The Book of Revelation

This is an extract from the booklet produced for the Bible Study Group on the Book of Revelation

This is a book of vivid colour and high drama:  there are no shades of grey and nothing is easy or simple:  It is full of red, white, black, green, purple, blue and gold;  cities, buildings and thrones are made of precious jewels and metals; it is riddled with numbers that clearly have symbolic meaning – but what?

There is an assumption in every age that the experience of that age will give the tools and  keys to unlock the message of the book.  The more people try to do this the more they are likely to miss the point.

The Revelation is sometimes called The Apocalypse (Gk Apokalupsis)

·         Apo = away from

·         Kalupsis = a veiling

Apocalypse means an unveiling or a revealing.

History and Background

Revelation was written around 90 to 96AD towards the end of the life of the Emperor Domitian (d in 96AD).  Some authors argue that it was written earlier, during Nero’s life (54-68 AD) but this is not the general view.  Barclay and others argue that the book was written in response to the persecution of the church during Domitian’s rule – see below.

The background to the writing of Revelation may well have been Caesar-worship.

In the early church there was a strong attitude to be obedient to Roman authority (cf Acts 16.36-40; 18.1-17; 19.13-41; 21.30-40 and 1Pet 2.12-17).  This is in strong contrast to the Revelation in which is to be found only blazing hatred for Rome which is described as “Babylon the Whore”. (cf Rev 17.5,6; Rev 20).  The suggestion is that the development of Caesar-worship and the persecution of those who failed to conform (including death) was at the bottom of the writing of the Book of Revelation.  Failure to worship Caesar was not just seen as an irreligious act but as an act of political disloyalty.  Jews were generally the only people in the empire who were exempt.  Revelation, of course, was written ostensibly to the churches in Asia Minor rather than in Palestine.

Emperors:

Augustus: d AD14 – he was tolerant of Caesar or Emperor worship and did not insist on it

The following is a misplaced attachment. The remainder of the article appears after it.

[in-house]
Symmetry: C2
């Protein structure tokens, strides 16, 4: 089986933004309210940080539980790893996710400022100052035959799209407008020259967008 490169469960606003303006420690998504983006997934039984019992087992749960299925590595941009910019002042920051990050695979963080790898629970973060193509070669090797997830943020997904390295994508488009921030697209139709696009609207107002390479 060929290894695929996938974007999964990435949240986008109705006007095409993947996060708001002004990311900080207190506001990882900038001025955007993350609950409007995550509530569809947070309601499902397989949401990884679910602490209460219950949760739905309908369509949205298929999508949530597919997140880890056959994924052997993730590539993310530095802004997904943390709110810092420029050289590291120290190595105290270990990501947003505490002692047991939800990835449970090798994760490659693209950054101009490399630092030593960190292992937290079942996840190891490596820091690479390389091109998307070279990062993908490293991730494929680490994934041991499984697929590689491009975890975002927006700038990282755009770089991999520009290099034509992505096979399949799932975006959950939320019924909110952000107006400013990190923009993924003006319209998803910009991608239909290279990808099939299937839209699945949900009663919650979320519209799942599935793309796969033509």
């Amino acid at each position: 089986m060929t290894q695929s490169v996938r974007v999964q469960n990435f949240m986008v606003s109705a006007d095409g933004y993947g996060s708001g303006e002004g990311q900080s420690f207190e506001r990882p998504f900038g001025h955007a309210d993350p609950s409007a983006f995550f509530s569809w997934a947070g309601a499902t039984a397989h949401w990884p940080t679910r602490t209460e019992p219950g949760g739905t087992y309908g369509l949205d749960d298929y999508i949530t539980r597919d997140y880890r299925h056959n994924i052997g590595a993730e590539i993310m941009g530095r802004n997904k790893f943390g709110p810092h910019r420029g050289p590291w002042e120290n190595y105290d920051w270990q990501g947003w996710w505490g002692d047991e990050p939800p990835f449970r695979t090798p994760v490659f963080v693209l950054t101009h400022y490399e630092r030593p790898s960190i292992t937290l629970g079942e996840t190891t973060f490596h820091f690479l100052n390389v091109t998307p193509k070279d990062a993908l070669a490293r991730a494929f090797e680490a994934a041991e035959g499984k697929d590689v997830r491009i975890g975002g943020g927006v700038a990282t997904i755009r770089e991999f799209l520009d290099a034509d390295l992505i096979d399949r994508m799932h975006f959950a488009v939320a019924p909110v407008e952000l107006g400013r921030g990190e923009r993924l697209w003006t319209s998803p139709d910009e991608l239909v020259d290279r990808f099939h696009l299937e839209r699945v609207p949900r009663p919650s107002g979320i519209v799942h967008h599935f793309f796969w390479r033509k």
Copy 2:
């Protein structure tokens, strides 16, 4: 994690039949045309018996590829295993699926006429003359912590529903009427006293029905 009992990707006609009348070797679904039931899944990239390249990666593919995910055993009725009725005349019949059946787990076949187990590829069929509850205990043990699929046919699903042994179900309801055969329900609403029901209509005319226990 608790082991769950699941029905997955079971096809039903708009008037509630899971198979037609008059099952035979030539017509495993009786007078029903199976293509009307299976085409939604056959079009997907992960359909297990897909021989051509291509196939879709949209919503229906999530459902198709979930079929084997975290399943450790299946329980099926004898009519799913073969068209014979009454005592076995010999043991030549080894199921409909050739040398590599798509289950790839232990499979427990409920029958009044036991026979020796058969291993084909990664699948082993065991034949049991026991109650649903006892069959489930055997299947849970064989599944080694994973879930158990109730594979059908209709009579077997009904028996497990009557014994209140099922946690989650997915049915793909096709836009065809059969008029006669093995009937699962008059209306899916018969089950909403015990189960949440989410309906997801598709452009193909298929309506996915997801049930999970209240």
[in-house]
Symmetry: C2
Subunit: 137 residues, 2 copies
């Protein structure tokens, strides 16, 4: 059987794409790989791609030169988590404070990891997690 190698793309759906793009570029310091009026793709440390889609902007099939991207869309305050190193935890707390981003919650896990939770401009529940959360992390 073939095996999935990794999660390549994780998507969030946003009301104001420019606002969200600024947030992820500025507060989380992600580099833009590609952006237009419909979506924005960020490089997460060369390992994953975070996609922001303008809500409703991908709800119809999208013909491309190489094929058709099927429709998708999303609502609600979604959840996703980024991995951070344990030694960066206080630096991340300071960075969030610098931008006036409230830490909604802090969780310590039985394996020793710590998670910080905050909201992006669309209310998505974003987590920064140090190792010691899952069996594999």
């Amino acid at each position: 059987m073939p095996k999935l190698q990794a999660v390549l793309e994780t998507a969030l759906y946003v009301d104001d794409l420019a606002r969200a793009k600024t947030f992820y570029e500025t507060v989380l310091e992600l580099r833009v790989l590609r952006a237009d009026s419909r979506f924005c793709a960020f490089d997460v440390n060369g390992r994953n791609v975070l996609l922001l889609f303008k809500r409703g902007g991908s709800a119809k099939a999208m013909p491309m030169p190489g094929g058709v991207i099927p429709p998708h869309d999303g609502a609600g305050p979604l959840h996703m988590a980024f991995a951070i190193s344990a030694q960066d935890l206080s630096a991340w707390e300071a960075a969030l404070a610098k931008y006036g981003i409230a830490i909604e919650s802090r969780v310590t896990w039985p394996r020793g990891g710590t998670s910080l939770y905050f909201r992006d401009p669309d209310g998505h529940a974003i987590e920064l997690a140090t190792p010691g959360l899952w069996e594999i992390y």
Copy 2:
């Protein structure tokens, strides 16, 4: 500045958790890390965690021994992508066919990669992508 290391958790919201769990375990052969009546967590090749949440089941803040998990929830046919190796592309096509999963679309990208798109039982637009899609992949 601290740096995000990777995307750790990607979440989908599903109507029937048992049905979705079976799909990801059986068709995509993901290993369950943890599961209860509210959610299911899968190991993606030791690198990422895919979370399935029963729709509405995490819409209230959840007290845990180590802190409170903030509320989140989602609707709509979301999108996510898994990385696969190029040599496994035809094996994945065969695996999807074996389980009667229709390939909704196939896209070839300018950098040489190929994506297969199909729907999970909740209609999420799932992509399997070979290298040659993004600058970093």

Tiberius (14-37 AD) – was also tolerant but did not allow worship of himself – only past Caesars

Caligula (37-41AD) – insisted that he was divine and that he should be worshipped as such.  Even tried to make the Jews worship him including proposing to put a bust of himself in the Holy of Holies)

Claudius (41-54AD) – he reversed Caligula’s policy

Nero (54-68AD) – persecuted Christians for political reasons but did not pursue Caesar worship

Vespasian (69-79 AD) – didn’t pursue Caesar worship

Titus (79-81AD) – didn’t pursue Caesar worship

Domitian (81-96AD) – complete change.  Where Nero was mad, Domitian was just bad and cold-bloodedly persecuted those who would not worship him or the ancient gods.  He insisted on being called “Lord and God” which both Jew And Christian would not do.  Christians therefore had a very stark choice – Caesar or Christ?

This is the background to the Book of the Revelation

Authorship

John – but which John?

Some argue that it was John the Apostle (MacArthur, 2007).  Others that it was another John.

Given that this is apocalyptic literature (see below) some caution is needed.  This could be a pseudonym or it could be unusual and written in the author’s true name .

The style is very different to the Gospel and the letters of John.  This does not necessarily mean that it couldn’t have been written by the Apostle.  Light, life, truth and grace do not dominate the Book of Revelation!  There are, however, enough similarities to show that both Revelation and the Gospel came from the same centre and same world of ideas and thought.

 If it was by the Apostle then he would have been into his eighties.

Almost certainly lived in “Asia” (ie Asia Minor) in the area of the seven churches.  He describes himself as a “brother” to those to whom he writes.